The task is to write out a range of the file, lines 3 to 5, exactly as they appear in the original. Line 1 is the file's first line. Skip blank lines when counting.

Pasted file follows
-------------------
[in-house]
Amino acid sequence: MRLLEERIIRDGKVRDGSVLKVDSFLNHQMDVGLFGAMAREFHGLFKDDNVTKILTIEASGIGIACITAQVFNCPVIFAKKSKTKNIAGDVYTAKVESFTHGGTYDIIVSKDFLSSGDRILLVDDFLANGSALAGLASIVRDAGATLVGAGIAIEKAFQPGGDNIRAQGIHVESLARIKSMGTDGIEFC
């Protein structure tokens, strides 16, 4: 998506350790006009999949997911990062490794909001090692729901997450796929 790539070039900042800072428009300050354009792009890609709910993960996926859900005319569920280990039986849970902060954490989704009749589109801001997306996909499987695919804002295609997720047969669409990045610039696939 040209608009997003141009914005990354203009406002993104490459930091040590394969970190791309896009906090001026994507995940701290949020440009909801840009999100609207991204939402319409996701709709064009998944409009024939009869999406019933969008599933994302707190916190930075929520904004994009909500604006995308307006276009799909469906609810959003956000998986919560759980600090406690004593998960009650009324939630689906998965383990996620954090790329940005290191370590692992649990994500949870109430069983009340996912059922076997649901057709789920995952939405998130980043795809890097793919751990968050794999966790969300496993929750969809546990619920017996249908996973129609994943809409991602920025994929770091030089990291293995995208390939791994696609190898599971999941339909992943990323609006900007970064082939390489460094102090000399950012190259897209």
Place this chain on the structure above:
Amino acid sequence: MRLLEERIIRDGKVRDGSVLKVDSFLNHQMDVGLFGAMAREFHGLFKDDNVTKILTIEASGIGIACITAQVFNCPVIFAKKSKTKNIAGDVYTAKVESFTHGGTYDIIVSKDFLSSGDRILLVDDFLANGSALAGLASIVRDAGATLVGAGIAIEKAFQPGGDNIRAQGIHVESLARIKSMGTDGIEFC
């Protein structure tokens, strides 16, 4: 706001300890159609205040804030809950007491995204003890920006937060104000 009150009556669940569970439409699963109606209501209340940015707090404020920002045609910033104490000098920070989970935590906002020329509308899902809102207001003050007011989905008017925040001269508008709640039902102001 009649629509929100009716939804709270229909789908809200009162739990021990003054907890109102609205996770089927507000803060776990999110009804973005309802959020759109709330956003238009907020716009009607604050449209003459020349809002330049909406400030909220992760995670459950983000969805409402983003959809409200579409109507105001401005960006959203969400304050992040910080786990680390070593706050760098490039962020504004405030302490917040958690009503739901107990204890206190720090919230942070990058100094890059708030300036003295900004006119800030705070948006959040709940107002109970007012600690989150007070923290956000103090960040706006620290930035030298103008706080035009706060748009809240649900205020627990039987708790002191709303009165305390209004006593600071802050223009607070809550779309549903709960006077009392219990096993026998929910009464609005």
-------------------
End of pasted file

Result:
């Protein structure tokens, strides 16, 4: 998506350790006009999949997911990062490794909001090692729901997450796929 790539070039900042800072428009300050354009792009890609709910993960996926859900005319569920280990039986849970902060954490989704009749589109801001997306996909499987695919804002295609997720047969669409990045610039696939 040209608009997003141009914005990354203009406002993104490459930091040590394969970190791309896009906090001026994507995940701290949020440009909801840009999100609207991204939402319409996701709709064009998944409009024939009869999406019933969008599933994302707190916190930075929520904004994009909500604006995308307006276009799909469906609810959003956000998986919560759980600090406690004593998960009650009324939630689906998965383990996620954090790329940005290191370590692992649990994500949870109430069983009340996912059922076997649901057709789920995952939405998130980043795809890097793919751990968050794999966790969300496993929750969809546990619920017996249908996973129609994943809409991602920025994929770091030089990291293995995208390939791994696609190898599971999941339909992943990323609006900007970064082939390489460094102090000399950012190259897209």
Place this chain on the structure above:
Amino acid sequence: MRLLEERIIRDGKVRDGSVLKVDSFLNHQMDVGLFGAMAREFHGLFKDDNVTKILTIEASGIGIACITAQVFNCPVIFAKKSKTKNIAGDVYTAKVESFTHGGTYDIIVSKDFLSSGDRILLVDDFLANGSALAGLASIVRDAGATLVGAGIAIEKAFQPGGDNIRAQGIHVESLARIKSMGTDGIEFC